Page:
Last weekend, at Southampton Hospital’s 56th annual Endless Summer Party, Shindigger joined some 650 patrons for a surf-themed affair to raise $1.5 million for the Jenny and John Paulson Emergency Department. Though less visible than in the city, there is a lot of poverty in the Hamptons beyond the Gin Lane hedges, and there certainly are underserved citizens.
At the event, after pouncing on the G and T’s, Shindigger meandered about the tents on Wickapogue Road. Nearby, parking the flotilla of Range Rovers and Porsches was an almost entirely dark-skinned staff.
$1.5m Amount raised at the Southampton Hospitals Endless Summer gala
$0 Cost of attending The Public Theater’s Shakespeare in the Park
“All the service here is black!” whispered one floral-festooned female guest in the line trailing from the luxury port-a-potties. Shindigger, also a tad on the darker side, was secretly hoping someone would toss us their Maserati keys.
This recurrent visual theme can be jarring. Not that everyone working at a tennis club or catered event is underprivileged, but the class divide between pale, on one hand, and black and tan, on the other, is nothing if not in your face.
Inequality cropped up again the following misty day, as Shindigger headed to Peggy Siegal’s special advanced screening of Black and White, starring Kevin Costner and Octavia Spencer, at the UA East Hampton Theater, whose audience included Bob Balaban, Jeff Zucker and Donny Deutsch.
In the flick, Mr. Costner plays a widowed grandfather who is left to raise his bi-racial granddaughter after his daughter’s untimely death. However, when the girl’s paternal grandmother (played by Ms. Spencer) attempts to gain custody, a clash ensues.
“That little girl was happy in both places,” reasoned Mr. Costner as he batted away women requesting photo ops. “She was loved in both places and there was a lot of diversity, but she had the ability to flourish in both places, and I think it’s interesting how the movie pointed that out.”
On the subject of America’s racial divide, the actor told Shindigger: “I like the part in the film that talks about that it’s not our first thought, it’s our second or third thought about someone that counts. We see the reality of our differences and have our first thoughts—that I’m white or someone’s black—but what comes into our head after is most important.”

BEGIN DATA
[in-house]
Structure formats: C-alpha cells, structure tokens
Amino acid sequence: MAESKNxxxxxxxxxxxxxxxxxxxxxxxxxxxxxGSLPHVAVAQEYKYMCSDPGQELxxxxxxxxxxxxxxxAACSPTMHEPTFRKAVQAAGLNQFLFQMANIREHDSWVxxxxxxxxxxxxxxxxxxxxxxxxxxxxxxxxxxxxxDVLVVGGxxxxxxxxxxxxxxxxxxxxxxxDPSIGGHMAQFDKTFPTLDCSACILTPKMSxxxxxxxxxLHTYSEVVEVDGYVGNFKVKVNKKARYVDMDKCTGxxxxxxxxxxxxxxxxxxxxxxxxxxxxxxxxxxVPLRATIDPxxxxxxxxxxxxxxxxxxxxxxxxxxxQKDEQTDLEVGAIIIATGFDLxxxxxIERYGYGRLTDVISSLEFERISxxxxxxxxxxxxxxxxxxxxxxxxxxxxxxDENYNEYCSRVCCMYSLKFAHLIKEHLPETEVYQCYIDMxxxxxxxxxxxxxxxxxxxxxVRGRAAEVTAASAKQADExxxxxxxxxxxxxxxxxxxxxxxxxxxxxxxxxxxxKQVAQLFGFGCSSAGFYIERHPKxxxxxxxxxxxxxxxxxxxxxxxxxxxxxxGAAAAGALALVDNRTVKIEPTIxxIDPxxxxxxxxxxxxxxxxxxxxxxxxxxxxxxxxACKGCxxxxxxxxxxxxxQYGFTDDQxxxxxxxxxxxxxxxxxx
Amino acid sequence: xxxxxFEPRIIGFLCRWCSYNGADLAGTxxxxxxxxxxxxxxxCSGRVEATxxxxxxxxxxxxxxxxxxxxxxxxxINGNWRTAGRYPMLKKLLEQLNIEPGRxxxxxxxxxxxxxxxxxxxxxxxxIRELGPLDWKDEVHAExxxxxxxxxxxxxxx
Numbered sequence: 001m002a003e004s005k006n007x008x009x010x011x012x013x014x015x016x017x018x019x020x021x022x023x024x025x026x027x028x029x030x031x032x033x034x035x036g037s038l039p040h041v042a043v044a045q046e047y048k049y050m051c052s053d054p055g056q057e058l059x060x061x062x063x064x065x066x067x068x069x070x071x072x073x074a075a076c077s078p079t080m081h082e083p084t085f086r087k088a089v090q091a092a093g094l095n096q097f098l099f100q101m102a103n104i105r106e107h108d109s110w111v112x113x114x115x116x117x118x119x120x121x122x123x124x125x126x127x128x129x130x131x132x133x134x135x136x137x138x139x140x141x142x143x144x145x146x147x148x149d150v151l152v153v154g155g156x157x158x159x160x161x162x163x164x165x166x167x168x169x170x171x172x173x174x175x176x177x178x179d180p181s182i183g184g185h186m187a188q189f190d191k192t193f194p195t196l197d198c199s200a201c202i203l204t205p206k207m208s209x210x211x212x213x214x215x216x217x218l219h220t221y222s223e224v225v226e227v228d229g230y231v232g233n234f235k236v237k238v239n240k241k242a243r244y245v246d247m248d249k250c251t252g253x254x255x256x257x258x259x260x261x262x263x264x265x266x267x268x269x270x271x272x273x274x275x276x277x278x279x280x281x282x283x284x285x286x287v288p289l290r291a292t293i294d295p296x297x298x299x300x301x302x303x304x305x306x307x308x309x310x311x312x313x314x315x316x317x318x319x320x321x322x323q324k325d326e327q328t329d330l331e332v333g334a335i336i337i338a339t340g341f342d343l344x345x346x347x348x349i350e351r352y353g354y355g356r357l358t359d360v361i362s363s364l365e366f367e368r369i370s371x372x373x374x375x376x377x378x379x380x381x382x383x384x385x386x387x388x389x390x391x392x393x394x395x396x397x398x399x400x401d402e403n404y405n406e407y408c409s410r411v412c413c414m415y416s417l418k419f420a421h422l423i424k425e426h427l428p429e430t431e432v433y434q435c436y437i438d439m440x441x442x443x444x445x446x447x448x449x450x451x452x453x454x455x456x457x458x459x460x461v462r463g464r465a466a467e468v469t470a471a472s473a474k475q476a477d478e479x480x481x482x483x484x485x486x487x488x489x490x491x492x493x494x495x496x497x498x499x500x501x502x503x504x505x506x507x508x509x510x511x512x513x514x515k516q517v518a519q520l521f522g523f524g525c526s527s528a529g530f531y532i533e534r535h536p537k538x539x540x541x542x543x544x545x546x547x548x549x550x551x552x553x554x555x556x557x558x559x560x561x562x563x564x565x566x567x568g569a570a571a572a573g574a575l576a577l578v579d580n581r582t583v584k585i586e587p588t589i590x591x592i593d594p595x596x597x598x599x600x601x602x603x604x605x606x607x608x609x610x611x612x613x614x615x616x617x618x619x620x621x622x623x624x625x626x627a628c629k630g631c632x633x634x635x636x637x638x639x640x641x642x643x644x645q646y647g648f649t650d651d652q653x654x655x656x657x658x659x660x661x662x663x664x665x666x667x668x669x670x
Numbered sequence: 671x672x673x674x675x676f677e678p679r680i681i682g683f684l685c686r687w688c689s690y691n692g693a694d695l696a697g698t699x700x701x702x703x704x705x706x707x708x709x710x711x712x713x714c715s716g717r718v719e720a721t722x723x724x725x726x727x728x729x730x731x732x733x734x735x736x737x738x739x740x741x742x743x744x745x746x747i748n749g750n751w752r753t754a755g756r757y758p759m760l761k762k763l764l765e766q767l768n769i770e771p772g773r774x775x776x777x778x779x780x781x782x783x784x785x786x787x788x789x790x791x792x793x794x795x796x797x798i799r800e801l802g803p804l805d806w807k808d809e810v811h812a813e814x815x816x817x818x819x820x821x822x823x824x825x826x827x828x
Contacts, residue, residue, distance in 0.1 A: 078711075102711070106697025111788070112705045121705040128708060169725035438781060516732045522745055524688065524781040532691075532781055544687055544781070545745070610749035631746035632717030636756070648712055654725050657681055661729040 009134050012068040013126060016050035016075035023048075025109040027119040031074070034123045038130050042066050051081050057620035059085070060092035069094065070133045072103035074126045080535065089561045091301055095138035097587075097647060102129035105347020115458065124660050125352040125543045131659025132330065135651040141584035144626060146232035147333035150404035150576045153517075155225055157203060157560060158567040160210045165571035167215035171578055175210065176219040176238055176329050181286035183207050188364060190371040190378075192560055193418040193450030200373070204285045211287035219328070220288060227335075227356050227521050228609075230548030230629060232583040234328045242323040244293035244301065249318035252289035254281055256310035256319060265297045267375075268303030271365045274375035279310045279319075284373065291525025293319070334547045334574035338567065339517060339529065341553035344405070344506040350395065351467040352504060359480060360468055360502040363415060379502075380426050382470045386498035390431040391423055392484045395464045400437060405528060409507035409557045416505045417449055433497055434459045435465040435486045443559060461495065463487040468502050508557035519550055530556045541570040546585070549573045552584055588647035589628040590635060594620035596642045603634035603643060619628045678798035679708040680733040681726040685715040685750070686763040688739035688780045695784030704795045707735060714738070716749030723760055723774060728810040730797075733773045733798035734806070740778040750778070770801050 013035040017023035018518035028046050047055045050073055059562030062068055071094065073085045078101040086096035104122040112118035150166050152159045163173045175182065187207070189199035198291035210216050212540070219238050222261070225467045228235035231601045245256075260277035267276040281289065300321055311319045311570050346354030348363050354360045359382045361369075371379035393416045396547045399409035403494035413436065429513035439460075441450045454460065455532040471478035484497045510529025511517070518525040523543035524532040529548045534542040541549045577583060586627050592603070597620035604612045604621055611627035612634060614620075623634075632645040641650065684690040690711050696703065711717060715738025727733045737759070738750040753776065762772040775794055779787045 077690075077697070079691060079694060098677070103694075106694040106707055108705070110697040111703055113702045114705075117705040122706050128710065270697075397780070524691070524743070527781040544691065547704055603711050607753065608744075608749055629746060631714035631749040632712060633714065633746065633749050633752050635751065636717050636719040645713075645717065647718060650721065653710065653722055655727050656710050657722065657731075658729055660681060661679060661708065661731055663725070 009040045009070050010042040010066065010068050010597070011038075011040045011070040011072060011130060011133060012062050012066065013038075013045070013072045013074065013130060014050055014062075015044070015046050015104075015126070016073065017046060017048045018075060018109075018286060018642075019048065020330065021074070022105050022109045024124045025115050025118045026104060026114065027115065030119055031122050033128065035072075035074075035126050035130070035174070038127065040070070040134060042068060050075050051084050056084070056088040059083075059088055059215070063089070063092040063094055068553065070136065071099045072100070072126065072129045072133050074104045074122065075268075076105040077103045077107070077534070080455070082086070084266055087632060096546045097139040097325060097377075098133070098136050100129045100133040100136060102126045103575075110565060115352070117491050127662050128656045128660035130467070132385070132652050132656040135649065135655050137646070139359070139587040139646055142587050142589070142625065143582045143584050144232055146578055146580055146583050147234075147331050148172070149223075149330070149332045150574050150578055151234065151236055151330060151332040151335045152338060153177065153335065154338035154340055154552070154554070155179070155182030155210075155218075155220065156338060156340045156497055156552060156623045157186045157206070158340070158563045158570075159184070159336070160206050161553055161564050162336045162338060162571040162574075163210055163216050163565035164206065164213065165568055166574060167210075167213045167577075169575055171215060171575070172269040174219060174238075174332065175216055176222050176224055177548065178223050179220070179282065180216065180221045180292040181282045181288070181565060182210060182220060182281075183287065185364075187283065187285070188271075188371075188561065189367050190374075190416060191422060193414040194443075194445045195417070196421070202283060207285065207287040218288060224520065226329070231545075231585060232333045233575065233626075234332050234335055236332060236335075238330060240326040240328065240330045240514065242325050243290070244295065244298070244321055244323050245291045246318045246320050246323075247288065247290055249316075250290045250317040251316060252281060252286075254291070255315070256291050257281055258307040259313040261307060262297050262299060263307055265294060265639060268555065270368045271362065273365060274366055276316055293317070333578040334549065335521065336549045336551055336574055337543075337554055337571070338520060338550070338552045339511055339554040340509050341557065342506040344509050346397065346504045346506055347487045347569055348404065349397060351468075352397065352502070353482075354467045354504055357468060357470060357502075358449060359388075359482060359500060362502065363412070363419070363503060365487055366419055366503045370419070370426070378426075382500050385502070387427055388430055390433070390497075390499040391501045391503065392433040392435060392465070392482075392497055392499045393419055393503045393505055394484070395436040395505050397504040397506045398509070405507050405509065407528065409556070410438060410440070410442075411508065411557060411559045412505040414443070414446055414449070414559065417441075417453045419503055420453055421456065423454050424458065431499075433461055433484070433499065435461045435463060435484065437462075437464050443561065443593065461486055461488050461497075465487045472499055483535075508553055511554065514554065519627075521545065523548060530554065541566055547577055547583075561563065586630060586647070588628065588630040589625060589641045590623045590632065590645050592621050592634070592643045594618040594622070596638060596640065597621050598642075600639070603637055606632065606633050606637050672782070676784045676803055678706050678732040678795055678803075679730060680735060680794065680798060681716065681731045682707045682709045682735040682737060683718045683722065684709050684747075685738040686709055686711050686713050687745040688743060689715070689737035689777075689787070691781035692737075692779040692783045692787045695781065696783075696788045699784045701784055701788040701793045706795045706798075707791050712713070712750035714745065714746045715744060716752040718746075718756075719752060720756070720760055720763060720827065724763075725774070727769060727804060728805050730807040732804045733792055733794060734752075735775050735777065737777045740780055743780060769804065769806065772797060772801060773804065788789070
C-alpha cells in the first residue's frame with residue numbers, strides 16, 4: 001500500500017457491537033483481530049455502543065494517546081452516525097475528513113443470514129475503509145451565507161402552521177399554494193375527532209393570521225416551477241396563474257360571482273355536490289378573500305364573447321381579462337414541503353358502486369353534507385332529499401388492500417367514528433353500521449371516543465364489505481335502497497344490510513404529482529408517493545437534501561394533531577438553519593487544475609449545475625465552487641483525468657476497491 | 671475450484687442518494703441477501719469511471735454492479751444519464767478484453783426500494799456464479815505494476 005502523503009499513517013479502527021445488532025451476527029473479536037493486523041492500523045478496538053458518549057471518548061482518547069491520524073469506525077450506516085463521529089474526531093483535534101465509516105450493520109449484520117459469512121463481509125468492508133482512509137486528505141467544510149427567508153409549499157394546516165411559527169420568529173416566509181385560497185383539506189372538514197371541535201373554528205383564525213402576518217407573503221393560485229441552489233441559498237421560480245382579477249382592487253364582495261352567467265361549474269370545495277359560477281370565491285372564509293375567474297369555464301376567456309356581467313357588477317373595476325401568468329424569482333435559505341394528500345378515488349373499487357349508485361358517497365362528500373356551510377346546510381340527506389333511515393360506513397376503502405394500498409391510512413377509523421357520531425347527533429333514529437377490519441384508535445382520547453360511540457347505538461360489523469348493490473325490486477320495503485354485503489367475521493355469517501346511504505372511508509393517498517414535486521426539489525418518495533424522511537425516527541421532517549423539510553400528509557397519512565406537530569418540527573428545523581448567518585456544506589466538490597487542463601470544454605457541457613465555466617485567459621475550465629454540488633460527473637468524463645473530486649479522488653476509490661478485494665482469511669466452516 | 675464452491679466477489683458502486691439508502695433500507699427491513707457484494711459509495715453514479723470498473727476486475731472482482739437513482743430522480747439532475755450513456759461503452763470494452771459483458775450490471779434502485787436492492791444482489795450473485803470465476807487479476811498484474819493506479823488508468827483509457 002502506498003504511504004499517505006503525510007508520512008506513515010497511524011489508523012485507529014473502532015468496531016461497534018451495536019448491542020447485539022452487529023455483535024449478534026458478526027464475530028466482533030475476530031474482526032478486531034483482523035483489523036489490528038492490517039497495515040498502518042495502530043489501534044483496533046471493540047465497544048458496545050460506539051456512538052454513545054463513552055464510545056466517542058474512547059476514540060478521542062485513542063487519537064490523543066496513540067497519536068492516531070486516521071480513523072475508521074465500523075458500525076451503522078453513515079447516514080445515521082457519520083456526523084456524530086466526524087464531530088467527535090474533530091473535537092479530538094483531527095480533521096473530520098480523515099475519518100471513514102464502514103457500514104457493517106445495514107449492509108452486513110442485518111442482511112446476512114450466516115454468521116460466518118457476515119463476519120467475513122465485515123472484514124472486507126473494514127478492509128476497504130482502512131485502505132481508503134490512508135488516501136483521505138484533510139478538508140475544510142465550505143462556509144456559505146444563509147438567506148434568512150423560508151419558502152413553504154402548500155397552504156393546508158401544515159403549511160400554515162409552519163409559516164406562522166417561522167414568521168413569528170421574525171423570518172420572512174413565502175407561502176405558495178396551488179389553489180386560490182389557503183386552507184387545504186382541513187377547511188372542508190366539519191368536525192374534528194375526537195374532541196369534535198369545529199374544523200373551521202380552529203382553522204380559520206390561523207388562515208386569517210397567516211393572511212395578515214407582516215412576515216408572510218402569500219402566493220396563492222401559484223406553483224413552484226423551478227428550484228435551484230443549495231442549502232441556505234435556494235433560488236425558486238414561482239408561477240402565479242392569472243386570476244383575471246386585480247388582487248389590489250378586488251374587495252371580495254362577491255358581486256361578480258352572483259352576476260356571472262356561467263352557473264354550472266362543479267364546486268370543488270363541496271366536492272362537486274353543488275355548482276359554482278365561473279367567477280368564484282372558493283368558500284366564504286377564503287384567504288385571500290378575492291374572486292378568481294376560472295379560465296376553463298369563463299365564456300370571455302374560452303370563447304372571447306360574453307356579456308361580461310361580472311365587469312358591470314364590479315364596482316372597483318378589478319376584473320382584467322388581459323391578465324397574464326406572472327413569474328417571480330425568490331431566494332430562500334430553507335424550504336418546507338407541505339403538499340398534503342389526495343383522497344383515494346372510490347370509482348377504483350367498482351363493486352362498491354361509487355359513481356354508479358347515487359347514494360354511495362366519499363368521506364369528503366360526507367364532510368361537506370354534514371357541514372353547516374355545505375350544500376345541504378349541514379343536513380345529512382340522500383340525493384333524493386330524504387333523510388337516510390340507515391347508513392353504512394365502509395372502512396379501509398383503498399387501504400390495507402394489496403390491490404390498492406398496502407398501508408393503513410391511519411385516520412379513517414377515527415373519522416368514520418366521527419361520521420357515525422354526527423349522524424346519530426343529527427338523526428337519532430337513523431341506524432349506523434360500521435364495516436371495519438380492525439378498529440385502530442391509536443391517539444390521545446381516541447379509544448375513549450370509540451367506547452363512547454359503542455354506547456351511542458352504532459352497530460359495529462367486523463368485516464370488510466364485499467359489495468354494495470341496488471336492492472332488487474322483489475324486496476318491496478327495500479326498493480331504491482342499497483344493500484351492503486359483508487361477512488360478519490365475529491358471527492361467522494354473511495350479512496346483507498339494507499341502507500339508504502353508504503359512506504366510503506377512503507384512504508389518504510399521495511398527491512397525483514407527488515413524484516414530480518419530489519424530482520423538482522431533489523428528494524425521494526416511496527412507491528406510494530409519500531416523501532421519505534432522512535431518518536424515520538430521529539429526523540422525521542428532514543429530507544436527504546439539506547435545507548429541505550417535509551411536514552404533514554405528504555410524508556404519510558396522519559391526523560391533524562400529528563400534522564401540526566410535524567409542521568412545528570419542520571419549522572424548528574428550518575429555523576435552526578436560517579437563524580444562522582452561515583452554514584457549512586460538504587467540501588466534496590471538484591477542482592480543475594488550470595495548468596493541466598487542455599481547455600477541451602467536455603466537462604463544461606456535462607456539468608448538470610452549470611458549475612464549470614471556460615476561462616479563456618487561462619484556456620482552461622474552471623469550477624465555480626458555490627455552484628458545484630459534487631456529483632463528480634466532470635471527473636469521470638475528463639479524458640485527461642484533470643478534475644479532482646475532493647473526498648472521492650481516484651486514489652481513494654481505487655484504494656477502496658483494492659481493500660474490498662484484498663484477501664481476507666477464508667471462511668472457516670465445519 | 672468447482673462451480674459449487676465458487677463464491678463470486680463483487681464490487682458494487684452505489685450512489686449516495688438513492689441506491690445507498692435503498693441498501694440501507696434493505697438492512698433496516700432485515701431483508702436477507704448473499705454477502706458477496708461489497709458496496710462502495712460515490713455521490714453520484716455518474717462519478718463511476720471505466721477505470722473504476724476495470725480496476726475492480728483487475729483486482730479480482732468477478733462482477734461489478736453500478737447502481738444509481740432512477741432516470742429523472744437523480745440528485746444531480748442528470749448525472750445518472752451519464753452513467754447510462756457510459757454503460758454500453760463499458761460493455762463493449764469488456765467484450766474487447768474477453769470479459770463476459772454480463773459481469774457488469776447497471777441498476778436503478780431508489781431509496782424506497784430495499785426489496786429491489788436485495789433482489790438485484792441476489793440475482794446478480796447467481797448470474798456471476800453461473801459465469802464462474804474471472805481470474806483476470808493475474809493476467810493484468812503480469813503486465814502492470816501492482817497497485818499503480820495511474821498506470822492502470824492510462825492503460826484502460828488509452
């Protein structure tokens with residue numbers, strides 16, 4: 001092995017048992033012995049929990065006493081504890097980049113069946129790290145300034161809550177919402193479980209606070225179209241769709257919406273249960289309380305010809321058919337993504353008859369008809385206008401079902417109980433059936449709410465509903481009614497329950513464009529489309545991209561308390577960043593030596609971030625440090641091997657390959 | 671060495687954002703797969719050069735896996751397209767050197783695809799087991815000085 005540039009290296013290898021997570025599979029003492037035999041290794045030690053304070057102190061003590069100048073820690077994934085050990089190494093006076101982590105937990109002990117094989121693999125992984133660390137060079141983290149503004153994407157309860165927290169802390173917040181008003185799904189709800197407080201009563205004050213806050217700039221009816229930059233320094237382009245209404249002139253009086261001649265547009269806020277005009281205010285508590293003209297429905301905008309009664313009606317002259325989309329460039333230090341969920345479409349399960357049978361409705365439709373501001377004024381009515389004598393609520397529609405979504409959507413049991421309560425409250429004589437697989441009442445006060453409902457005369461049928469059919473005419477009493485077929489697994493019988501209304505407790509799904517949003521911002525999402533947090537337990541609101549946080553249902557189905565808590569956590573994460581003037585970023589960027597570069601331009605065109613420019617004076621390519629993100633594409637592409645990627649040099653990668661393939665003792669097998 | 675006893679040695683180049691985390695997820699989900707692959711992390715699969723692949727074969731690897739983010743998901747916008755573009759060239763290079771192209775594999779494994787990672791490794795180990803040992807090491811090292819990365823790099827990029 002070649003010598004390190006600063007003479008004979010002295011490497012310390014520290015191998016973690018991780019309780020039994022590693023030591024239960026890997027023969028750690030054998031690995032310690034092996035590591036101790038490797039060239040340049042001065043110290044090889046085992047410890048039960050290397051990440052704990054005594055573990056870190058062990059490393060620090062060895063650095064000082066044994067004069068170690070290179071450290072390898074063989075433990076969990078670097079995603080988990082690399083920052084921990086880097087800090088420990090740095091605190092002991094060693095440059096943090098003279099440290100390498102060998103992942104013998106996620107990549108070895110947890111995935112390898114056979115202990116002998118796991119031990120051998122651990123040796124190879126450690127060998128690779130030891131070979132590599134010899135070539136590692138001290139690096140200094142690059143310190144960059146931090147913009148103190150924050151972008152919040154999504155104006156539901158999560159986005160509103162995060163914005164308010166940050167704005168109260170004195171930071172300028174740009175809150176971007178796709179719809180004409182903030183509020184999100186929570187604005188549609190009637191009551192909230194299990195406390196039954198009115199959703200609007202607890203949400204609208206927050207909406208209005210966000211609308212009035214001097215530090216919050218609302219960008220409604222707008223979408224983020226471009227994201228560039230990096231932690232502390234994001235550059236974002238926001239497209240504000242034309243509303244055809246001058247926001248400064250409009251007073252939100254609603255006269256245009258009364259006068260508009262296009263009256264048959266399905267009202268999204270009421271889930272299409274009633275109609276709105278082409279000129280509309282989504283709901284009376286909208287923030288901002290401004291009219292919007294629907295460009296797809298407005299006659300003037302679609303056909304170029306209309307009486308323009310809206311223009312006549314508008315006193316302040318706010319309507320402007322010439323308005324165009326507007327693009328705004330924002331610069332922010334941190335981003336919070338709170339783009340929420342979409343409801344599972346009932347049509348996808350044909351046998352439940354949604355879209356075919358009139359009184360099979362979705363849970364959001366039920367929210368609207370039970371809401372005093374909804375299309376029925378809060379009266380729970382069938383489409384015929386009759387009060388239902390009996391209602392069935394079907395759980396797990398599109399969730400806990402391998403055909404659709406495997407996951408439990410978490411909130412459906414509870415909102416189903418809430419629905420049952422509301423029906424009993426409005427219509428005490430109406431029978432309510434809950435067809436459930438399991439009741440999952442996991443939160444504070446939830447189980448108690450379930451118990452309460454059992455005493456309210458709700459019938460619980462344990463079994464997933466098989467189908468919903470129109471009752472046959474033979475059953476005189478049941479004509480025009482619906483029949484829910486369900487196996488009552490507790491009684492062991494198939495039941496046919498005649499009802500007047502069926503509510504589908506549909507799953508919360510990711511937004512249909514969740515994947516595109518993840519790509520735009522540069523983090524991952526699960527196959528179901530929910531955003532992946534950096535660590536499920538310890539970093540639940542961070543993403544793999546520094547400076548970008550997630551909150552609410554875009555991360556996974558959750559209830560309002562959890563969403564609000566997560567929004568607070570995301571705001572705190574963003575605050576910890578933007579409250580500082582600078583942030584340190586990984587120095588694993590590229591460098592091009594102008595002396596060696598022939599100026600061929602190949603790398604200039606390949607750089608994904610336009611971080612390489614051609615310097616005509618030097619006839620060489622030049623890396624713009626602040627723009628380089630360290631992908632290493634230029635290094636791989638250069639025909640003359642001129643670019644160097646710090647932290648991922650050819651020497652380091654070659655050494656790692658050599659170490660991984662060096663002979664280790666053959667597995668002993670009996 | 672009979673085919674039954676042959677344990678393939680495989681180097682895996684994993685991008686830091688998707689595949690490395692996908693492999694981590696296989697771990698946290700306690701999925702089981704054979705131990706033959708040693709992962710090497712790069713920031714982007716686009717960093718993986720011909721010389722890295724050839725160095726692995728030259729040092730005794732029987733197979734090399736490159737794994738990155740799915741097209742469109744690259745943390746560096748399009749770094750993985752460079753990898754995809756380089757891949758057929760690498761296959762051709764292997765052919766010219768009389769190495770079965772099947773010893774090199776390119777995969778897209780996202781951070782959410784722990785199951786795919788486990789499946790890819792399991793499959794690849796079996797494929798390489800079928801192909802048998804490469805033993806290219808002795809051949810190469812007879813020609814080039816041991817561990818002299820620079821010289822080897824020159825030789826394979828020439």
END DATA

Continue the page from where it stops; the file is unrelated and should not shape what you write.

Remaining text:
Later that evening, we found ourselves at The Public Theater for the opening night of the free Shakespeare in the Park production of King Lear, directed by Daniel Sullivan. This being Shindigger’s third or so fling with the tragedy, we were a bit weary, but the scenic design is impressive, and Annette Bening as Goneril was quite the added bonus. Theaterati Cynthia Nixon, America Ferrera, Sarah Paulson, Jonathan Groff and Tonya Pinkins also trekked to the Delacorte Theater for the event.
At a cocktail reception afterward, The Public Theater’s artistic director Oskar Eustis proudly explained to Shindigger that “in a democracy what matters most is that every person has an equal right to the benefits to the culture, and that’s what free Shakespeare is all about.”
Feeling the red wine kick in, Shindigger then strutted up to the man-of-the-hour, Lear himself, played by the first-class John Lithgow, to ask how he had unlocked his character’s moral decay.
“It was so important to crack exactly what was happening to Lear, as a result of the various crises and pressures on him,” Mr. Lithgow shared through throngs of admirers. “It’s like solving an extremely difficult cross word puzzle, because when you’re dealing with madness you can explain anything by saying he’s crazy—but there has to be logic.” The two-time Tony winner swirled a Stella Artois and seemed about to continue, when a heedless security guard abruptly cut him off.
“I’m sorry to interrupt, but you’re stopping the crowd from getting out,” he interjected. “We have to be out of here by 12:30.”
“Did you get enough?” Mr. Lithgow asked us worriedly.
If only Lear was so thoughtful.